Bishop Heather Cook appeared in Baltimore Circuit Court and entered a plea of not guilty to charges in the hit-and-run death of Thomas Palermo last December. June 4, 2015 has been set for her trial.
Bishop Heather Cook appeared in court Thursday morning, entered a not-guilty plea and received a trial date set for June 4.
Prosecutors said they have evidence that Cook did not apply the brakes on her Subaru during the crash that killed cyclist Tom Palermo in December. Cook’s blood-alcohol content was 0.22 — nearly three times the legal limit — and she was texting right before the crash, prosecutors said.
The 58-year-old is facing more than a dozen charges, including manslaughter, driving under the influence and leaving the scene of an accident.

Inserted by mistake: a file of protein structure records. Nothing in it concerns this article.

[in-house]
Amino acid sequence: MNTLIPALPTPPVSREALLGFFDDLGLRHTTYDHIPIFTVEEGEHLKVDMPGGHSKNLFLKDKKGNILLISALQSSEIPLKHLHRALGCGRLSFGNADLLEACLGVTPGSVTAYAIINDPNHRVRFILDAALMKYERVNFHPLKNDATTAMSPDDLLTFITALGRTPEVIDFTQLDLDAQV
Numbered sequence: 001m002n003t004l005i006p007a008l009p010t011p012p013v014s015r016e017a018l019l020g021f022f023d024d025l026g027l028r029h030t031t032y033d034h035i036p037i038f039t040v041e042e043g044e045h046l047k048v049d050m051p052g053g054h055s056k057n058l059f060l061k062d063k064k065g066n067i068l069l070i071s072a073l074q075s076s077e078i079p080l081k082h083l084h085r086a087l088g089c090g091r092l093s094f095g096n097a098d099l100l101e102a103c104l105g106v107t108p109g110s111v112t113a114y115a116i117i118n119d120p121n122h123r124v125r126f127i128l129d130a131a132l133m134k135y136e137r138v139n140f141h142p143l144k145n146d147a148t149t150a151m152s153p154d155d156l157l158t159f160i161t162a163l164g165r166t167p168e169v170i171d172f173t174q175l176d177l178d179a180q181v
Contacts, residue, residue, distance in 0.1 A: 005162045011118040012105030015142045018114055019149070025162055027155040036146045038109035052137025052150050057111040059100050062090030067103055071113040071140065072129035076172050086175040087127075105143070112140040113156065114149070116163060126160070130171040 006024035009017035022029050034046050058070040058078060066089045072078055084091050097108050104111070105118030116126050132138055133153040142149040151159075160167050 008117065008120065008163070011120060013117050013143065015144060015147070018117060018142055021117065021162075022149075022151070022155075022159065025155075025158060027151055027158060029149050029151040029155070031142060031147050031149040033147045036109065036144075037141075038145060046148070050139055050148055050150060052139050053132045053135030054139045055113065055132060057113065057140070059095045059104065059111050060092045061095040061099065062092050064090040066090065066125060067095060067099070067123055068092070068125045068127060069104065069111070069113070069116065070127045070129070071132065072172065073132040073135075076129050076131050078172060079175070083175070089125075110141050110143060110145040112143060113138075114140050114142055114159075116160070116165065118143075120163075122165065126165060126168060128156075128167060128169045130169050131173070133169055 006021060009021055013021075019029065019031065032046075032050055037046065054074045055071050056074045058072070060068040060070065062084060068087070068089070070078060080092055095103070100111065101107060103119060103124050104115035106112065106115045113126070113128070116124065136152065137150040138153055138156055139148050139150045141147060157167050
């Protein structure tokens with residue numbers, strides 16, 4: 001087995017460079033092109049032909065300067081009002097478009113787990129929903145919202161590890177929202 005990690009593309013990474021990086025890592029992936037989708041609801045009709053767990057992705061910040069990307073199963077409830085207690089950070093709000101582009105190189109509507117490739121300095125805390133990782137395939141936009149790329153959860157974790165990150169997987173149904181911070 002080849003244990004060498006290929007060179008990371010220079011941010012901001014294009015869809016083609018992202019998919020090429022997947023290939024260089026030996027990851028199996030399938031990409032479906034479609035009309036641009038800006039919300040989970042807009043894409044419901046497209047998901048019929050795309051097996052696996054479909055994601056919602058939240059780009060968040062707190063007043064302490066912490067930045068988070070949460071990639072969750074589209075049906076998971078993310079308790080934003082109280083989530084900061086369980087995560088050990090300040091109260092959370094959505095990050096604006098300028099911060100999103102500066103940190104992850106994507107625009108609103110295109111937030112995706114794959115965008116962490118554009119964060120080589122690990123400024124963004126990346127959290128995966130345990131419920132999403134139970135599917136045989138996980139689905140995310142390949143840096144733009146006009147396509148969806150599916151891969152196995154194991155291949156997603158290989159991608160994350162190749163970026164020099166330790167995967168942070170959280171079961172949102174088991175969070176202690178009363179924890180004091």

The Baltimore Sun has an account of the proceedings here.
Cook hasn’t spoken publicly since her arrest, and her lawyer, David Irwin, hasn’t commented except to say that she acknowledges she was involved in the crash and that she has been in a residential treatment center since the incident.
“The plea at the moment is not guilty to all charges but we’re still going through discovery. Miss Cook can’t say anything base upon the legal situation and advice of council, but of course we’re all saying prayers, it’s a horrible situation,” Dave Irwin, Cook’s attorney said Thursday.
Specifically, for the Palermo family.
“We know this is the first step in a long process so we’re looking forward to having this resolved and to see justice,” Elisa Rock, a Palermo family member said Thursday.
In the Washington Post piece, Michelle Boorstein also discusses the frequency of hit-and-run incidents, the psychology of drivers who hit someone and drive away, and the legal implications. She also discusses the case in 2012 of Lutheran Bishop Bruce Burnside in Wisconsin who was convicted of DUI and manslaughter in the hit-and-run death of a jogger, Maureen Mengelt.
Posted by Andrew Gerns